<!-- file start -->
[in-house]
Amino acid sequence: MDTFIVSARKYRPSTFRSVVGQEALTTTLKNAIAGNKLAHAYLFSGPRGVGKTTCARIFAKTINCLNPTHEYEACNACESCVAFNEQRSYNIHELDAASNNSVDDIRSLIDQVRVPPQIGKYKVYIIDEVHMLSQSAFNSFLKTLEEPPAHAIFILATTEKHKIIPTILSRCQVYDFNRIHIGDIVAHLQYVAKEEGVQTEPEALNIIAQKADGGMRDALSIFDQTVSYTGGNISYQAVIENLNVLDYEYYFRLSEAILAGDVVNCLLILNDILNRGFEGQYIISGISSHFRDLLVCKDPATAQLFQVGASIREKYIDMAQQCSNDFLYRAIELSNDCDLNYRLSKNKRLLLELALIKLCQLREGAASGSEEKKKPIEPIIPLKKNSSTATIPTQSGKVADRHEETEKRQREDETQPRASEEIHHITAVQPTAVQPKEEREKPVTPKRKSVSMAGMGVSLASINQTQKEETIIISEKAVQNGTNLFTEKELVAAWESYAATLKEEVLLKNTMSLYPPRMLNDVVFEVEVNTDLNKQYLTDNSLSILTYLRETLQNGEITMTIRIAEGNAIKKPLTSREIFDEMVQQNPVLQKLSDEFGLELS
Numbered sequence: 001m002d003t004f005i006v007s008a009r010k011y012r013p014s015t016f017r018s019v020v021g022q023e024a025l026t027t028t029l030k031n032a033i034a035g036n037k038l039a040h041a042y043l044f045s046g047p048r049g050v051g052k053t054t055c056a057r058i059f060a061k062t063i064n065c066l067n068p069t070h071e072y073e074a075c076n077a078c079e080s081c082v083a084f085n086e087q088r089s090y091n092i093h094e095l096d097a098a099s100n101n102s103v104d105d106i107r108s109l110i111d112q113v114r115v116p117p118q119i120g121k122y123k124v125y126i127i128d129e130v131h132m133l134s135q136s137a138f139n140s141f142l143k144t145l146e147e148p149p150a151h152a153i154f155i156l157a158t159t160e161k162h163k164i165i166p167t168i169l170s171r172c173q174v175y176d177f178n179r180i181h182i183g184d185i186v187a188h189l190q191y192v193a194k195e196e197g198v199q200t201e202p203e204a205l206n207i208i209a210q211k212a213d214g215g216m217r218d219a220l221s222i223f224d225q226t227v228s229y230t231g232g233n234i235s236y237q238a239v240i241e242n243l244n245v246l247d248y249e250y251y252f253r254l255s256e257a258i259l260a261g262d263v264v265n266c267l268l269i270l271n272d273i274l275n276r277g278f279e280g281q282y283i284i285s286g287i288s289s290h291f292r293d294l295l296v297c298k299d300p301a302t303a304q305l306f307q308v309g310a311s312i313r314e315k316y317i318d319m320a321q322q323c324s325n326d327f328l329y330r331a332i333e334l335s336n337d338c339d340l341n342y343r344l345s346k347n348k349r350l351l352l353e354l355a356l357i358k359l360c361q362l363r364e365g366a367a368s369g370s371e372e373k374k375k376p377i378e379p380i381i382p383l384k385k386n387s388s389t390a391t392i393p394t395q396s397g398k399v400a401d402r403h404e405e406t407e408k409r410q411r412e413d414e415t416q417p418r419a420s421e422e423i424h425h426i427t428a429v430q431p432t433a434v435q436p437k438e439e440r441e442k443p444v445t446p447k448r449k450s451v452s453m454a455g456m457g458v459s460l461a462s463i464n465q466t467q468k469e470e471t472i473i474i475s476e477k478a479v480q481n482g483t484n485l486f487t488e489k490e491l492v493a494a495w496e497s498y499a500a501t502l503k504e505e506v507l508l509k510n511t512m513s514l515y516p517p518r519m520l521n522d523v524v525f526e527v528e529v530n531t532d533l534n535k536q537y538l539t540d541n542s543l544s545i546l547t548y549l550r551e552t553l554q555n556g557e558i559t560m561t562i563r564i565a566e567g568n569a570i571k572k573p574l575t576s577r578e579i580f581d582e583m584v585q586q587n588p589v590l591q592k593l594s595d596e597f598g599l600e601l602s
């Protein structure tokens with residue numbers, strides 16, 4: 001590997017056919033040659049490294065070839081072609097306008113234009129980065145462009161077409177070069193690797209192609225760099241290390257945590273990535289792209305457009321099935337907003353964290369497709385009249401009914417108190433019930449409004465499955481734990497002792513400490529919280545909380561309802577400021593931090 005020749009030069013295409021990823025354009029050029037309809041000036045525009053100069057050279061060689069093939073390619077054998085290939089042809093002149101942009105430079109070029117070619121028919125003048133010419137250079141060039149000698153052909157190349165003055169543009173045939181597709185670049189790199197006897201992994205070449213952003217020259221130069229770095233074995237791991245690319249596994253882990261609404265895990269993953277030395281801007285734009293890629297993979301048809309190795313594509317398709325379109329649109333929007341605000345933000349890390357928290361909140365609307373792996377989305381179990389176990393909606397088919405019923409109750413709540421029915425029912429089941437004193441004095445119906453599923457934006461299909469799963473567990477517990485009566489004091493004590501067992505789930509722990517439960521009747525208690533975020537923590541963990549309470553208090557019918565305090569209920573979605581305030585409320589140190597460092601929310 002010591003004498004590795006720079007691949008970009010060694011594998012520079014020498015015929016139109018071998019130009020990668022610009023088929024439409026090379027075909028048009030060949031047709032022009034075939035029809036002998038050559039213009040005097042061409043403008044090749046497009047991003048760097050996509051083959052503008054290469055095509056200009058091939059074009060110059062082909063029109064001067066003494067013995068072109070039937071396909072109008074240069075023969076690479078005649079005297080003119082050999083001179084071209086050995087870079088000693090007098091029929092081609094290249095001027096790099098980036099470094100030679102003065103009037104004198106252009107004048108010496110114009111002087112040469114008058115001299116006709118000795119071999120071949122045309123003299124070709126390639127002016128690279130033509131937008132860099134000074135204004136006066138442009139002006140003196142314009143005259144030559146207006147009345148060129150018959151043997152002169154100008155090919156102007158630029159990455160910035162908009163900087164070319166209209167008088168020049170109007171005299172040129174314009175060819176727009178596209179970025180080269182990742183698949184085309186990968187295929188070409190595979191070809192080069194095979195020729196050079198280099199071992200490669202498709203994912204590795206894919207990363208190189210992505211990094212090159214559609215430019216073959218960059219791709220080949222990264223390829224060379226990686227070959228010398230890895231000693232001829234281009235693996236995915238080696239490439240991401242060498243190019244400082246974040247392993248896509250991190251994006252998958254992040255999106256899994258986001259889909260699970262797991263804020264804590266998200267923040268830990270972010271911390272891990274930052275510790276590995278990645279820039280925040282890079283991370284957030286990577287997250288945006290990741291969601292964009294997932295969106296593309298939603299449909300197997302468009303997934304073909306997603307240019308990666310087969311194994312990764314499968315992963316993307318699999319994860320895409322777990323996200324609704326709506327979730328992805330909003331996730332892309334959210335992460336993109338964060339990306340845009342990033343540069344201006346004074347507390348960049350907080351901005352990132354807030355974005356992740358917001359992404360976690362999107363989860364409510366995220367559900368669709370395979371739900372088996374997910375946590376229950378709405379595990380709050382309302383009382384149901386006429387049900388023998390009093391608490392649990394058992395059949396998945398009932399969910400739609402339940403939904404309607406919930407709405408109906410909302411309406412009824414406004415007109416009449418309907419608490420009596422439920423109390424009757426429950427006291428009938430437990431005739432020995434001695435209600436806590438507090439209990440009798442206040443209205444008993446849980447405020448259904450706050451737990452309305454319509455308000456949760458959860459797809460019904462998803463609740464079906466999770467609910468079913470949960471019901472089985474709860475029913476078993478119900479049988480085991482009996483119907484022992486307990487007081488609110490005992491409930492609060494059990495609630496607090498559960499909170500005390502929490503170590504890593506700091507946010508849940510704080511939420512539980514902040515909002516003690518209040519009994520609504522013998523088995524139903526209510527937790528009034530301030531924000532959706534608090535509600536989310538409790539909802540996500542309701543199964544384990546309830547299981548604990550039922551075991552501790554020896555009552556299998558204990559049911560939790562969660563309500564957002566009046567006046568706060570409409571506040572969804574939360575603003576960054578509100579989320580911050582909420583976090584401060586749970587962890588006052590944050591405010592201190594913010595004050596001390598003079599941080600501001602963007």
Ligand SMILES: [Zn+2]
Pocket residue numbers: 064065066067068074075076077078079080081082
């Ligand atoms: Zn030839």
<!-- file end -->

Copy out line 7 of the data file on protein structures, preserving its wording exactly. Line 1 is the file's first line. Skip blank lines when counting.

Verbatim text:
């Ligand atoms: Zn030839």